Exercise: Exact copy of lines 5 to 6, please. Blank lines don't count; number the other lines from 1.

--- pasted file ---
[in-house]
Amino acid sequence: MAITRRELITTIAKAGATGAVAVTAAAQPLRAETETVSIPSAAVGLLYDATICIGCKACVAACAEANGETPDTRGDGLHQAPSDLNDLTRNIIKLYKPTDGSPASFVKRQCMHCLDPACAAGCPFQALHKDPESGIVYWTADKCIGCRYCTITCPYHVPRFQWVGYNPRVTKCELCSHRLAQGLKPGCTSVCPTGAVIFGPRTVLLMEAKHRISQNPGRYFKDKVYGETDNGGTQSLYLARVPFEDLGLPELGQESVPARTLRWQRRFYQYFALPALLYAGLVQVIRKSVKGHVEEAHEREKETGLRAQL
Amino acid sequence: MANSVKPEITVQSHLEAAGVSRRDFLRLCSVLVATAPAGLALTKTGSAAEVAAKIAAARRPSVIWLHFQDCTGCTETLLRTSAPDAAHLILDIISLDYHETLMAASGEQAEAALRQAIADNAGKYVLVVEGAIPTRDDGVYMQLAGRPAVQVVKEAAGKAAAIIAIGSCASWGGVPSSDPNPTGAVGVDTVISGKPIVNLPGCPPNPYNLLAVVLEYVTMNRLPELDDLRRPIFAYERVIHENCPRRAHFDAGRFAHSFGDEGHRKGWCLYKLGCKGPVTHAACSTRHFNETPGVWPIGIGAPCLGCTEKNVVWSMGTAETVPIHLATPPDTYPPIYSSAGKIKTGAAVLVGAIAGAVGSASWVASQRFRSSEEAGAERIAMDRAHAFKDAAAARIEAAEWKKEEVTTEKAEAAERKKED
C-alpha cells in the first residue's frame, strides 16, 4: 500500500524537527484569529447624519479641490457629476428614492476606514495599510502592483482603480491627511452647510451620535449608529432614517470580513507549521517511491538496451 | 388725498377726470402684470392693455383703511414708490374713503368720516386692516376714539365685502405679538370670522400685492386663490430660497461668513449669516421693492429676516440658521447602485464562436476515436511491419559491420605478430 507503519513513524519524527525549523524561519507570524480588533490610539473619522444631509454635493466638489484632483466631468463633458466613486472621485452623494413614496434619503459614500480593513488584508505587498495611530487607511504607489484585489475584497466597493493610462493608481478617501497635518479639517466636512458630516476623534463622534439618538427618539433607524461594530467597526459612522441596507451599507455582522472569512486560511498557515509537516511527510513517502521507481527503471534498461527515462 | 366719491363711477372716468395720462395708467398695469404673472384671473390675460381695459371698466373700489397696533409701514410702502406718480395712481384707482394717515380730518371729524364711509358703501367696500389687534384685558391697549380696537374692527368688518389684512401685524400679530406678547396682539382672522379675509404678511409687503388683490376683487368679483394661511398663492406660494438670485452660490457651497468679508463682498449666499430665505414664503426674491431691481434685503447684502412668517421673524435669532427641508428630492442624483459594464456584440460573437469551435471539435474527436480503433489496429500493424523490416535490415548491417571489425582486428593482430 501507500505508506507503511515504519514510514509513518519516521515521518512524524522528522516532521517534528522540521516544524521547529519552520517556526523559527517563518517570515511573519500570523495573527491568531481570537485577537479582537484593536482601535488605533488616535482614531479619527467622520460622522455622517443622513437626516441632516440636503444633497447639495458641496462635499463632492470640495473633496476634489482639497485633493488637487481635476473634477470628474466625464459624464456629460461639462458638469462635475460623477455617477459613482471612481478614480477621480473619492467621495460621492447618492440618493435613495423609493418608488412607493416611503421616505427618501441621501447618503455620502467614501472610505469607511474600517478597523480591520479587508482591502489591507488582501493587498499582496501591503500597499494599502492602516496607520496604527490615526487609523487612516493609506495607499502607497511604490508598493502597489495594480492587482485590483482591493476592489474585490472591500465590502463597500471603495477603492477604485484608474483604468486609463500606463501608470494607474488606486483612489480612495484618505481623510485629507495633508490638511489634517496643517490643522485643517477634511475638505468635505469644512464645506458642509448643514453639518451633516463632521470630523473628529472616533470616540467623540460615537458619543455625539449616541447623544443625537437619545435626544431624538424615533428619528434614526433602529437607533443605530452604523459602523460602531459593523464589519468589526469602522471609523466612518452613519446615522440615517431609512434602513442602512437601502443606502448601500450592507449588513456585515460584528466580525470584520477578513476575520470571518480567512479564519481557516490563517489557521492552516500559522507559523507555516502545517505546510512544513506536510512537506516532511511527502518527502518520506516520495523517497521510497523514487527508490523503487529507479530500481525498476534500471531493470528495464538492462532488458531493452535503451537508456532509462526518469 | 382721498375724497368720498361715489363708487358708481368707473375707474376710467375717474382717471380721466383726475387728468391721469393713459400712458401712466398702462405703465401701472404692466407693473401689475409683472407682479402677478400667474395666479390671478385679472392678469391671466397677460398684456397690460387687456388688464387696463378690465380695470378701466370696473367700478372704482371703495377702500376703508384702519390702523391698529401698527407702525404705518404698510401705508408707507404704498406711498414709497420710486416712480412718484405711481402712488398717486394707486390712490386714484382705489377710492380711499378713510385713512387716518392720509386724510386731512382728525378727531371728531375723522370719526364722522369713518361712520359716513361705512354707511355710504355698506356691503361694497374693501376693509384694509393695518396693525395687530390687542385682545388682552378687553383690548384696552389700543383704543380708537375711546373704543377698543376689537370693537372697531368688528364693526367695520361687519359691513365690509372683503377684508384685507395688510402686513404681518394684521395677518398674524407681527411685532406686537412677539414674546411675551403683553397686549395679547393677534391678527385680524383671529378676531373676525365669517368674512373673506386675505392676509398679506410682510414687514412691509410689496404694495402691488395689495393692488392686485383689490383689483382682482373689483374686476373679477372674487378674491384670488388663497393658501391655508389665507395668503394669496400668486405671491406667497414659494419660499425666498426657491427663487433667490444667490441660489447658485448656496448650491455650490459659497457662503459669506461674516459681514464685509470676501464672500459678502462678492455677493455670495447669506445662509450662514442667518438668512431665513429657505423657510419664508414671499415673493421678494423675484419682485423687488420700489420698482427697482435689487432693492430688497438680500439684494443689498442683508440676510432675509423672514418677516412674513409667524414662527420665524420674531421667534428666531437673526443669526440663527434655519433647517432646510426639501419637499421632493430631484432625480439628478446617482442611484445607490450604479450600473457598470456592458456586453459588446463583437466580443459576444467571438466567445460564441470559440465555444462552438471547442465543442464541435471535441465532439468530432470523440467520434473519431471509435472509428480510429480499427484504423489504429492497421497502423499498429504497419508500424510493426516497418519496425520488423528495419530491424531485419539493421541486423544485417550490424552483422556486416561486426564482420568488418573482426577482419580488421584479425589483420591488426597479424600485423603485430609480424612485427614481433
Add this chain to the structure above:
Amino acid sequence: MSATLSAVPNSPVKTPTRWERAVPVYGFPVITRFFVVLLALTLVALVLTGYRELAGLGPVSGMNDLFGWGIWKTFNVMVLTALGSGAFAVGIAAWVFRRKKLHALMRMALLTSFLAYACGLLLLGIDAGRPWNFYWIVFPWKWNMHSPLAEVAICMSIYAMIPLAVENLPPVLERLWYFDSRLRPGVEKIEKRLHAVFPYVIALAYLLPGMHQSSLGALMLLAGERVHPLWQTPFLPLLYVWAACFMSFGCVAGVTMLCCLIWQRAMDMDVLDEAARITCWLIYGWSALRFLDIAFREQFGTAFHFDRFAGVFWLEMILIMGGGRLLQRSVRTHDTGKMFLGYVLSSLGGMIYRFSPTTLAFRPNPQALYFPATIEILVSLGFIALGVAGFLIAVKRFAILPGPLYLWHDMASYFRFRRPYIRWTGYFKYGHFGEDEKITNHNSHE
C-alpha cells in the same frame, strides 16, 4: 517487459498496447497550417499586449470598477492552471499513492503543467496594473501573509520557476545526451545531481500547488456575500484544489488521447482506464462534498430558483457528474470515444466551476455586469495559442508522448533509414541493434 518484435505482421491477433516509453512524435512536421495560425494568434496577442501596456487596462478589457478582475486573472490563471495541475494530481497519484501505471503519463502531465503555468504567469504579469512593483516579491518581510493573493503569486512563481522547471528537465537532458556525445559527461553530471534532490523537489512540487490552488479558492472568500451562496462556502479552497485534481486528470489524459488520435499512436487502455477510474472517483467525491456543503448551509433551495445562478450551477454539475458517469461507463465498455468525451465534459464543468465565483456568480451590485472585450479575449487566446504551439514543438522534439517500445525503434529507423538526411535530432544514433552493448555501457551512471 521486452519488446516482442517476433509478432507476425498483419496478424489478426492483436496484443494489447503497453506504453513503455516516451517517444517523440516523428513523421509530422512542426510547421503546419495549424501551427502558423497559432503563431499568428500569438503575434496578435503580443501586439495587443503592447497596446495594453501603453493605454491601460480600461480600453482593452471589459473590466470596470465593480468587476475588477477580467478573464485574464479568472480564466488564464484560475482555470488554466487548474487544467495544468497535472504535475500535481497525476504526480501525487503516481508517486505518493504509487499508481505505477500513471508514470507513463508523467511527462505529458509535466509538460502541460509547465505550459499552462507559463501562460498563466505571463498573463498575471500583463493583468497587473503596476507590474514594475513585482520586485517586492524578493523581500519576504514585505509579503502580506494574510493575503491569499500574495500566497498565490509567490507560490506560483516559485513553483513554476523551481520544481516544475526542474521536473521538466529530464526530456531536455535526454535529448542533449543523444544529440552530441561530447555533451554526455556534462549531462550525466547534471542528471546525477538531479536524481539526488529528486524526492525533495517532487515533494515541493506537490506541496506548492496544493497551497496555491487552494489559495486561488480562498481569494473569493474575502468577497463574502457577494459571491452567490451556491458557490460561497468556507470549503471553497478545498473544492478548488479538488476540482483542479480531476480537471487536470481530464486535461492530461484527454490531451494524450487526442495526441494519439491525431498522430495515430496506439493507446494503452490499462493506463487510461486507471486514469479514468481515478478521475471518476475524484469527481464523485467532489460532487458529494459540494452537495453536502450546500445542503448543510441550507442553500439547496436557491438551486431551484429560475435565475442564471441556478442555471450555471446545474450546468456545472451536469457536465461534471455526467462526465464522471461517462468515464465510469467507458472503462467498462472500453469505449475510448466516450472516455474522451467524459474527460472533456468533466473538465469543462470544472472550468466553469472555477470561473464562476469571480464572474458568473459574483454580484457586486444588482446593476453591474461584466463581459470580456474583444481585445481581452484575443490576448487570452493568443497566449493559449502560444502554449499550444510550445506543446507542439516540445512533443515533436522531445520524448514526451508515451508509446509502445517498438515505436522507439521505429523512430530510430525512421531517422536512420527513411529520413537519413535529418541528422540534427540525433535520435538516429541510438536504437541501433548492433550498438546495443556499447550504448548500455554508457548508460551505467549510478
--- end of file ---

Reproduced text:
Add this chain to the structure above:
Amino acid sequence: MSATLSAVPNSPVKTPTRWERAVPVYGFPVITRFFVVLLALTLVALVLTGYRELAGLGPVSGMNDLFGWGIWKTFNVMVLTALGSGAFAVGIAAWVFRRKKLHALMRMALLTSFLAYACGLLLLGIDAGRPWNFYWIVFPWKWNMHSPLAEVAICMSIYAMIPLAVENLPPVLERLWYFDSRLRPGVEKIEKRLHAVFPYVIALAYLLPGMHQSSLGALMLLAGERVHPLWQTPFLPLLYVWAACFMSFGCVAGVTMLCCLIWQRAMDMDVLDEAARITCWLIYGWSALRFLDIAFREQFGTAFHFDRFAGVFWLEMILIMGGGRLLQRSVRTHDTGKMFLGYVLSSLGGMIYRFSPTTLAFRPNPQALYFPATIEILVSLGFIALGVAGFLIAVKRFAILPGPLYLWHDMASYFRFRRPYIRWTGYFKYGHFGEDEKITNHNSHE